In 1891, Tompkins purchased controlling interest in the Charlotte Chronicle . This newspaper was soon called the Charlotte Daily Observer, and in 1903 the Observer began publishing the Charlotte Evening Chronicle . Two years later Tompkins and the Observer 's editor, Joseph Pearson Caldwell, acquired controlling interest in the Greenville (S.C.) News .
Tompkins was an active writer and public speaker. Many of his speeches were published in pamphlet form. His books include a two-volume history of Mecklenburg County, N.C. (1903), Cotton Mill Processes and Calculations (1899), Cotton Mill Commercial Features (1899), and Cotton and Cotton Oil (1901). In his writing and speaking, Tompkins promoted the economic progress of the South. He supported improved education in the South, especially practical education such as that provided in state agricultural and mechanical colleges. He strongly advocated diversification of the economy of the South, both of agriculture and of industry.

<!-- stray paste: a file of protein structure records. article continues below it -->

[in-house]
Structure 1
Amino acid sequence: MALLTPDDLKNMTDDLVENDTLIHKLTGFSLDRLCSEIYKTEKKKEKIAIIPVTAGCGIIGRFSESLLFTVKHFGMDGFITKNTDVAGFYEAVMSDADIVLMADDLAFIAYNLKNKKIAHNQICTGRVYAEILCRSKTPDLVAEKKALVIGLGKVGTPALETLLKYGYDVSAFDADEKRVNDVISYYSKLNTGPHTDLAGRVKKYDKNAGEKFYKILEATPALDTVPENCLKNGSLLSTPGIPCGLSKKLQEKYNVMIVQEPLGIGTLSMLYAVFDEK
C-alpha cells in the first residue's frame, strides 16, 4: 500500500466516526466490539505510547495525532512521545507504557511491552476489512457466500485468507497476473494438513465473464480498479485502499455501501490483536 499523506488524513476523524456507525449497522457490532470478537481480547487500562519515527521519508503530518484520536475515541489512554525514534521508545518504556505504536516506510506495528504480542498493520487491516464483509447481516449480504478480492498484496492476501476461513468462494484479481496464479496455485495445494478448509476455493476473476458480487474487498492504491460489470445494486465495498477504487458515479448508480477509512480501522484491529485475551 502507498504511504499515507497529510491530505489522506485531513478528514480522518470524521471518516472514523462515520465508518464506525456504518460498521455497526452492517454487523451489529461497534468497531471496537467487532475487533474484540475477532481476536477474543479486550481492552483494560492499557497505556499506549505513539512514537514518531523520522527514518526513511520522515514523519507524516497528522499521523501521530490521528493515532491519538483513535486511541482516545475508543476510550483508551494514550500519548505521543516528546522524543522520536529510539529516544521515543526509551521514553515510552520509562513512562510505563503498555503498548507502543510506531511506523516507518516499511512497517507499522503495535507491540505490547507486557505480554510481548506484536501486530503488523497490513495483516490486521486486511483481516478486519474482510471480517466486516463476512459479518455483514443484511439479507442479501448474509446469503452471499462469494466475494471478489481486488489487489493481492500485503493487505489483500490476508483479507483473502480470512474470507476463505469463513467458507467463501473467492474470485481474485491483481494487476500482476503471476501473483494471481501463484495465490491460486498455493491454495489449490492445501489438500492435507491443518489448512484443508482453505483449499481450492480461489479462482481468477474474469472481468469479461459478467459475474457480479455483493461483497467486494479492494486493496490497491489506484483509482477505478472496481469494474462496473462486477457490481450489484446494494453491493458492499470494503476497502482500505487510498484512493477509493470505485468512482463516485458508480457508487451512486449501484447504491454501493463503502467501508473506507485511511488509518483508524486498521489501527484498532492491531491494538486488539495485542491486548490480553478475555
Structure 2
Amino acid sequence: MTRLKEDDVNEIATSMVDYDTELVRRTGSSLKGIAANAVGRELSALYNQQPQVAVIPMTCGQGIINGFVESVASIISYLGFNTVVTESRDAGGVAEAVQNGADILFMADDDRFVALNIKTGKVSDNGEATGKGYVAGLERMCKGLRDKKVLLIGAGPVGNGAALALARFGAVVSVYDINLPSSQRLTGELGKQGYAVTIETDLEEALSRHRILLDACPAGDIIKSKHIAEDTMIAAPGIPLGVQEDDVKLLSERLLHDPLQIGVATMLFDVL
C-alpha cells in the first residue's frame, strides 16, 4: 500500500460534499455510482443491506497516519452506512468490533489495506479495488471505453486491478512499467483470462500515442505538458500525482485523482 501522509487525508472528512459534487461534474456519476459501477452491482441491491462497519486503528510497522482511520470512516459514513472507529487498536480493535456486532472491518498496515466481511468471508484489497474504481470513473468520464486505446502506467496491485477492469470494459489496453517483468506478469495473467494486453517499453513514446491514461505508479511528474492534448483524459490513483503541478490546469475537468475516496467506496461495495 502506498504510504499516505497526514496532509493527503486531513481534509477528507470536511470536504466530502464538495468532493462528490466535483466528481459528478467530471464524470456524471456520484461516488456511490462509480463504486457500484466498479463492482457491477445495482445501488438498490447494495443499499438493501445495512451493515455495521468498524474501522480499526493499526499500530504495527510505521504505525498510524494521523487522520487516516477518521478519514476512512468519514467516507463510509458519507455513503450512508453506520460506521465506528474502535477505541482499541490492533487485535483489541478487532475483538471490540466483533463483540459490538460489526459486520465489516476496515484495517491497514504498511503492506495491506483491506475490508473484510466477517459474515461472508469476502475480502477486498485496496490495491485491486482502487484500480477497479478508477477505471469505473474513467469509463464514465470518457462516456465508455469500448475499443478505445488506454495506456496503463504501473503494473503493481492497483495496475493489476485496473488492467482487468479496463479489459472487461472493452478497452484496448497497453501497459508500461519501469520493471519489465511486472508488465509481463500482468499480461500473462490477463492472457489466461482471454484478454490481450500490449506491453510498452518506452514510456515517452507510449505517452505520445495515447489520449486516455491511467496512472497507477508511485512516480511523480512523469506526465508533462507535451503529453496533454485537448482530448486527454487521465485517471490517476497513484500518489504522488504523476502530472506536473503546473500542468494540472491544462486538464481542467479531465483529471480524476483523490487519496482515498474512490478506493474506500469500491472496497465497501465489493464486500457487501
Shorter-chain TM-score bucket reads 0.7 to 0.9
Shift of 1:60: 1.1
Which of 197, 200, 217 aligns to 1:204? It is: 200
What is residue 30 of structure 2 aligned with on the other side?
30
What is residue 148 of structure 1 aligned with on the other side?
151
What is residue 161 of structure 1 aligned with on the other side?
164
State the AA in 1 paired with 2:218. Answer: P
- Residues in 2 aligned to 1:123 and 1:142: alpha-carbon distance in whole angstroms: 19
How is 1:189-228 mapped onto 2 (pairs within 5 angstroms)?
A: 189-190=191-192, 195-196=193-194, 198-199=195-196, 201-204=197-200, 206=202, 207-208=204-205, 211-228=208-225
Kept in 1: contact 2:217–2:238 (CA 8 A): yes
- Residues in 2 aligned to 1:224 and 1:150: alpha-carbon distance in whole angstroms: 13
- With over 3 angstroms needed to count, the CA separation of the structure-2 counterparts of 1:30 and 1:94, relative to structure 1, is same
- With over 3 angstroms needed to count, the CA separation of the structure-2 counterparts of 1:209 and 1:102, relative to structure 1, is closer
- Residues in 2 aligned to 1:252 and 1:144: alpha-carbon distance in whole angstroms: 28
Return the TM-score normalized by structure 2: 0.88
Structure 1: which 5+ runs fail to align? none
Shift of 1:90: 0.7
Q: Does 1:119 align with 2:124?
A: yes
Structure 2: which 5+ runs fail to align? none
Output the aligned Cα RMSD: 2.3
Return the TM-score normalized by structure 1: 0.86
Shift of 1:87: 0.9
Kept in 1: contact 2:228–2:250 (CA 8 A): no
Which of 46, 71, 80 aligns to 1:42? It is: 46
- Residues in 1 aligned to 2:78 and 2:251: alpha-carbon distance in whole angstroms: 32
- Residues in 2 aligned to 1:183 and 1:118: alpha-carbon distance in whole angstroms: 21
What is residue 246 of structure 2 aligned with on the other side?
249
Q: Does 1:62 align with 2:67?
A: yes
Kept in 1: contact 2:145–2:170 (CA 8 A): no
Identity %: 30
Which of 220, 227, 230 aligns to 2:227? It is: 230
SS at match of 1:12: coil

Tompkins was appointed to membership on the U.S. Industrial Commission by President William McKinley in 1900. The commission reported in 1902. He was seriously considered by President Taft for the post of American minister to China but was not appointed. He served North Carolina as a member of the Board of Trustees of the North Carolina Agriculture and Mechanic Arts College (later North Carolina State University).
Tompkins was an active member of the National Association of Manufacturers, serving on the executive committee and chairing at various times committees on child labor, immigration, tariffs, currency, and merchant marine. He served on the child labor committee of the National Civic Federation. He was also a member of the American Cotton Manufacturers Association, the National Association of Cotton Manufacturers, the Appalachian National Forest Association, the advisory committee of the National Religious Training School and Chatauqua for the Colored Race (later North Carolina Central University), the Manufacturers' Club in Charlotte, and other business and social organizations.